A couple of weeks ago, a 7′ 1″ 325(+)-lb. graduate donned a cap and gown: Shaquille O’Neal earned a doctorate in education. The former NBA star, who left LSU early but finished his bachelor’s degree nearly a decade later because he wanted to make his mom proud, just completed four and a half years of courses and study at Barry University. His thesis studied the role of humor in the workplace and leadership.
Dr. Vino gives a doff of the academic cap to Dr. Shaq Diesel. Now all I have to do to keep up is score 28,596 points in the NBA. Well, what the heck: I raise a glass of wine in his honor and I’ll rate the 28,596 points! To Dr. Shaqtus, Dr. Shamroq, here’s a glass of grower Champagne from Bereche et Fils, their Beaux Regards, a stony, zero-dosage all-chardonnay bubbly. It’s laser-like, which is the kind of focus you need to do a doctorate while also playing in the NBA, doing commercials, offering commentary on TNT, serving as a reserve police officer, being a dad five times over. Nice going Big Daddy! Read more…
Ack–I winced with each strike!
Lifehacker ran a piece that urged readers to buy wine after Thanksgiving and during the first two weeks of December to “lock in pre-holiday bargains.” Really? Perhaps I live under a rock but I hadn’t noticed seasonal discounting that disappears as the holidays approach. Have you? Instead, I see a parade of deal-of-the-day web sites and closeout offers from wine shops–constant sales, rather than seasonal. Or the old “mark it up to mark it down” type of “sales,” which also never go out of season.
Lifehacker attributes their seasonal nugget to Food & Wine editor Ray Isle. Queried via Twitter, Ray pointed me to this original story from whence this wisdom came. He asked Jeremy Noye of Zachys for some suggestions for deals and his seasonal sale advice was limited to Champagne, not wine in general as Lifehacker stated. I have noticed some of this Champagne discounting, but it is generally later in the month, *closer* to the holidays, when stores might sell well-known brands just above cost simply to get people in the store. Anyway, if you do see Champagne on sale that you like, plug it in to wine-seracher.com and pull the trigger if it is a real deal. (Especially, eegad, what if there are shortages next year?)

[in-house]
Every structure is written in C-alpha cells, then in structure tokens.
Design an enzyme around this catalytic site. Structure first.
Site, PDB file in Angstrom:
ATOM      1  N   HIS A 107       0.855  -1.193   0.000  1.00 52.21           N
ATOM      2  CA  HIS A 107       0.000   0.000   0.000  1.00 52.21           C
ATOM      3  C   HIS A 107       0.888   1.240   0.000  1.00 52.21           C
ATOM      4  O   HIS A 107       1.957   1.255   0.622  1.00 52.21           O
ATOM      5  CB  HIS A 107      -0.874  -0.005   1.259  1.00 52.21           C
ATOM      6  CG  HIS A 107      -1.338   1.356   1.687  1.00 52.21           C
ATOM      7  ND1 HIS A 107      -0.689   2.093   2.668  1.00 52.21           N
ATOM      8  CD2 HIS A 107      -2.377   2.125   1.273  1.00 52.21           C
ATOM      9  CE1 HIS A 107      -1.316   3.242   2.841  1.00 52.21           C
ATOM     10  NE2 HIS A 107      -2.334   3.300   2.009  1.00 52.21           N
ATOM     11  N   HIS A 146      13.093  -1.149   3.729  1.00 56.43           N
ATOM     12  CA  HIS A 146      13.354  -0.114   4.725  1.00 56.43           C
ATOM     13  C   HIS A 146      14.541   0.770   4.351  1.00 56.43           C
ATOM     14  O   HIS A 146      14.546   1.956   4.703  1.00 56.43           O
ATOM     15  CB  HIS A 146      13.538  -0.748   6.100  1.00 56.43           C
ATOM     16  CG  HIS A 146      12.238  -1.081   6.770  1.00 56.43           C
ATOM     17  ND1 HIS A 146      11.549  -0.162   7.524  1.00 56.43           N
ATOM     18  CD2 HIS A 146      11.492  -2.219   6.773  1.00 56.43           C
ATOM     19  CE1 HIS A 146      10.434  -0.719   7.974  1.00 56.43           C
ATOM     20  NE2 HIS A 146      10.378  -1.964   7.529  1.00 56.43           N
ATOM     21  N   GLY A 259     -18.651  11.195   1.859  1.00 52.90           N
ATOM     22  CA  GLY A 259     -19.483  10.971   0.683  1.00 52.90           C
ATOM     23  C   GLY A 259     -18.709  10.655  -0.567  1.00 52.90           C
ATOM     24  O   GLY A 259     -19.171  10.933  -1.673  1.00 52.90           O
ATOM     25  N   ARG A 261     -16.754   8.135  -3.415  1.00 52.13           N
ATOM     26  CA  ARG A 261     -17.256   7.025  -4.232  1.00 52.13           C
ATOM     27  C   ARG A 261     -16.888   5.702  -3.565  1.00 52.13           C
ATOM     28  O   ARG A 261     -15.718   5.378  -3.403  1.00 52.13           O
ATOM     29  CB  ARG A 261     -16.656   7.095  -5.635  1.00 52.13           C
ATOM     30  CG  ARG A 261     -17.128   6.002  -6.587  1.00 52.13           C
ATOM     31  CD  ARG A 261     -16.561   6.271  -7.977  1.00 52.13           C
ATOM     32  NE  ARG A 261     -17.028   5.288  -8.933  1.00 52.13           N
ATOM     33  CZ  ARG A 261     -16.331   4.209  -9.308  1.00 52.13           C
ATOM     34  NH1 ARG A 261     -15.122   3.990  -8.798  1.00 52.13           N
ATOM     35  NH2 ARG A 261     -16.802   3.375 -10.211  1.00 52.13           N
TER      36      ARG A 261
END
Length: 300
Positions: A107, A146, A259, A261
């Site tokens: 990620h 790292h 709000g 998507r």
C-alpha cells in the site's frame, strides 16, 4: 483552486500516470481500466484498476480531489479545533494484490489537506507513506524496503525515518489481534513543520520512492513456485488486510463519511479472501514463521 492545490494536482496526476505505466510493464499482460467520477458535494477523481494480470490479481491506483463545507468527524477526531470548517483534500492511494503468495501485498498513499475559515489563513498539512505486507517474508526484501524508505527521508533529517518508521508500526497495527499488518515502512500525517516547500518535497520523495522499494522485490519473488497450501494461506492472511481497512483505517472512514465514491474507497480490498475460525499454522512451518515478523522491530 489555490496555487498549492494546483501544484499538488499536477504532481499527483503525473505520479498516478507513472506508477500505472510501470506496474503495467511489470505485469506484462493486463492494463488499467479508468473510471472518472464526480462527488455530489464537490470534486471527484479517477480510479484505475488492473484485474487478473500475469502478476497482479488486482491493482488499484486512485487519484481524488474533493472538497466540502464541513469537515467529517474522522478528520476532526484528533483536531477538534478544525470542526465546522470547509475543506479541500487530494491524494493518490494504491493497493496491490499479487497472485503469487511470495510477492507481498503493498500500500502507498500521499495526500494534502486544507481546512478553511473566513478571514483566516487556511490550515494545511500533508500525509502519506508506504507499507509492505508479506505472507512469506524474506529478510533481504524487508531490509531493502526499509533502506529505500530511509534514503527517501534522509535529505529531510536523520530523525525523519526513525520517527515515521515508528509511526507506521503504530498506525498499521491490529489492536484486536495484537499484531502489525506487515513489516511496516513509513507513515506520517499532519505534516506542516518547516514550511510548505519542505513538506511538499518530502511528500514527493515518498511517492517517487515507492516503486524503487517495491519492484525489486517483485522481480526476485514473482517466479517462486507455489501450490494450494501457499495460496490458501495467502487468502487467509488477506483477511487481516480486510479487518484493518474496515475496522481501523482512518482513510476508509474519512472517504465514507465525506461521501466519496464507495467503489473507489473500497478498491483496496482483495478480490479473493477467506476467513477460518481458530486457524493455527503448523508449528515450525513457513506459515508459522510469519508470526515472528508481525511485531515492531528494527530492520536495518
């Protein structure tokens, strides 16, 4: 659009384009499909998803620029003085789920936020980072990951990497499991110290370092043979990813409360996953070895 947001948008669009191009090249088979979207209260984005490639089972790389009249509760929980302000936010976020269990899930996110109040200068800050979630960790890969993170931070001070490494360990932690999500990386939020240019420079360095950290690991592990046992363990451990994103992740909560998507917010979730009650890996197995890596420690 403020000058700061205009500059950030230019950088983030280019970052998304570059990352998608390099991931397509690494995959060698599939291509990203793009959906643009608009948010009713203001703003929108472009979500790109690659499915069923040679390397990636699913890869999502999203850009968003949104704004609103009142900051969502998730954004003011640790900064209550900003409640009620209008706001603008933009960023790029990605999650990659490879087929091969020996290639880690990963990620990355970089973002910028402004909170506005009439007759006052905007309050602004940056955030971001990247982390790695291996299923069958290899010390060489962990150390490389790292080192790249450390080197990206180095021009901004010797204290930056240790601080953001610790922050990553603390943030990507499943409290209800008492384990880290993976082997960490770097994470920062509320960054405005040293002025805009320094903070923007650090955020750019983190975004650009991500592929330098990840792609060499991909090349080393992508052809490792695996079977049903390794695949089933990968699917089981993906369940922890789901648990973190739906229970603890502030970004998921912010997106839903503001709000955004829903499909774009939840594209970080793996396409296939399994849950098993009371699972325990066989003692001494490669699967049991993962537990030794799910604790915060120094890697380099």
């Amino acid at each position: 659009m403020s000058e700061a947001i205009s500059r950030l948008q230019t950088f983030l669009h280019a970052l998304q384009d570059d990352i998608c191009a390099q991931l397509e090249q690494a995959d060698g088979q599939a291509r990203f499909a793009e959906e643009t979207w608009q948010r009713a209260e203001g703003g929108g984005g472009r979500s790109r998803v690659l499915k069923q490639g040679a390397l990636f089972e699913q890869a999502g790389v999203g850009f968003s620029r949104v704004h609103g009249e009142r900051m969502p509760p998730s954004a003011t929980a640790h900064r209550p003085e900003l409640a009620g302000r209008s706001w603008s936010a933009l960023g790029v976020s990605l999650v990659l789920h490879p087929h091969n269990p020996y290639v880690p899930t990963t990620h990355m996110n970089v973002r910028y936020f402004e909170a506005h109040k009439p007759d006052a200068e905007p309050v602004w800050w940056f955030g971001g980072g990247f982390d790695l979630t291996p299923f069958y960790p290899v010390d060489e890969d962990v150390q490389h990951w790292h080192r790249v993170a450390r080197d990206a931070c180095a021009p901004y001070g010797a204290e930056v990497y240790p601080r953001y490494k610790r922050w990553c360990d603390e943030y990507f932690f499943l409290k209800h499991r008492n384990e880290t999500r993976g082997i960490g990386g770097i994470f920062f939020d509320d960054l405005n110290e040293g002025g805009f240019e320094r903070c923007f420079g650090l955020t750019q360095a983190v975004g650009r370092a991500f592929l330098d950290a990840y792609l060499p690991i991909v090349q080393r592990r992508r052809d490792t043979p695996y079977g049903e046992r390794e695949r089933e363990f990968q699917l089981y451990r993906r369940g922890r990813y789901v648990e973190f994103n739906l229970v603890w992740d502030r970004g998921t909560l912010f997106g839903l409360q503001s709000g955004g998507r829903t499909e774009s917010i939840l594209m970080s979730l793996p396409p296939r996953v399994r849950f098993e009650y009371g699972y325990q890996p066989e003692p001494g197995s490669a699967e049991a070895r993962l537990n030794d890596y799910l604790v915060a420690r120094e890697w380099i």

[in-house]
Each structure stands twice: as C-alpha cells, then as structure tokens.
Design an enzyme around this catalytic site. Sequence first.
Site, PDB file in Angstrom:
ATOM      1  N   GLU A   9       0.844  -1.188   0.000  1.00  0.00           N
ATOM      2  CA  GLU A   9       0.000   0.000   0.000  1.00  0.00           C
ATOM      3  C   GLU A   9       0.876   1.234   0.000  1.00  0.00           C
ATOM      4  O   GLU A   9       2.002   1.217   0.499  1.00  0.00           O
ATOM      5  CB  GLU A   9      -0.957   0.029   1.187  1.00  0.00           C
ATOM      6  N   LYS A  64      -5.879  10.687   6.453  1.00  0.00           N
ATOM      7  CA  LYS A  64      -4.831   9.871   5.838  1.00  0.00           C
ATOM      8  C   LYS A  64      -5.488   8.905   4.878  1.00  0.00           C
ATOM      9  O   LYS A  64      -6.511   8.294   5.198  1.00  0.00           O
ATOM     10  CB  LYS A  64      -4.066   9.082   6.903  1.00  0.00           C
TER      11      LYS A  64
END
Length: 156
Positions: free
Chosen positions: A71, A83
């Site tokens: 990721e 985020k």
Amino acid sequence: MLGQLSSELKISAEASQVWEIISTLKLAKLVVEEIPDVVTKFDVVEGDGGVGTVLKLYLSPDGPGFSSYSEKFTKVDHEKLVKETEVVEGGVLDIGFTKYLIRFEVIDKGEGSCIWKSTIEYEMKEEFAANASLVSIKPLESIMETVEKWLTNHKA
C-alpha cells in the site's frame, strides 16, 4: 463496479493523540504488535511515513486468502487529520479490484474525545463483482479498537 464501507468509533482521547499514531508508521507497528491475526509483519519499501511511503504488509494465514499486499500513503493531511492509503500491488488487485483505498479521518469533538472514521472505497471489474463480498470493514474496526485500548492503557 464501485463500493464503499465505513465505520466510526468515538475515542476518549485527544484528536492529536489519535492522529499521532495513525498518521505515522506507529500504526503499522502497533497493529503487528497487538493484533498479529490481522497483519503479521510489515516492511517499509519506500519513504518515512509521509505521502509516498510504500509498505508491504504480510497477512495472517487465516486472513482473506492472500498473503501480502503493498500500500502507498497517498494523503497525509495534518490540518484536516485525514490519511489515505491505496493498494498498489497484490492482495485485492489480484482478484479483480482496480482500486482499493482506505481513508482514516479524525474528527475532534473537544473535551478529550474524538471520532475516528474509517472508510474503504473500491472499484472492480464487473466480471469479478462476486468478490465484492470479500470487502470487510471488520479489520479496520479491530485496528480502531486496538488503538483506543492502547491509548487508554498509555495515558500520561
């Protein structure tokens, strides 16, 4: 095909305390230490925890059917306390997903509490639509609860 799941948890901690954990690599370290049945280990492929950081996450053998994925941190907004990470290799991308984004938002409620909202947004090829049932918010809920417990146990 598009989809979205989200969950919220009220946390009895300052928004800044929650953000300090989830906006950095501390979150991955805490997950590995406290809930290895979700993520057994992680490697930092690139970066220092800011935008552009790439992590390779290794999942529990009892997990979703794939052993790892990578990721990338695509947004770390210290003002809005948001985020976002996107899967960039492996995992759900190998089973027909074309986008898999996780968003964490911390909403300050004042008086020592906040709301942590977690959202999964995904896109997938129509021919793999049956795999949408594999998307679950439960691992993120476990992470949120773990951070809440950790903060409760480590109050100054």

I do find that it is a good time of year to buy wine accessories and stemware, as retailers smell the competition and reduce prices. I still like my Schott Zwiesel “impact resistant” glasses ($60 for a 6 pack on Amazon) and, in fact, need to reload after some met the maximum threshold of their resistance. Well, it had been a few years…
During the recent, week-long power outage, we sought refuge in an undisclosed location that may or may not have been the Commonwealth of Massachusetts. We found a bottle of “brut nature” cava German Gilabert (about $15; find this wine) at a local wine shop and got some lobstah rolls. This is hipster cava with a secondary fermentation in the bottle, six bar of pressure, no dosage and overall a very solid match!
Interestingly, a little of the cava remained in the bottle and I left it on the counter. A couple of days later, I poured it in a glass and was surprised it was bubbly! I tasted it and it showed no signs of deterioration.
I asked the wine’s importer, Jose Pastor, via email for his thoughts on why this bottle held up so well. He was puzzled by the persistence of the bubbles, pointing out that he likes to decant many (grower) Champagnes and that reduces the fizz. As to the lack deterioration, he said that many of the (natural) wines from his portfolio often actually show better after being open a couple of days.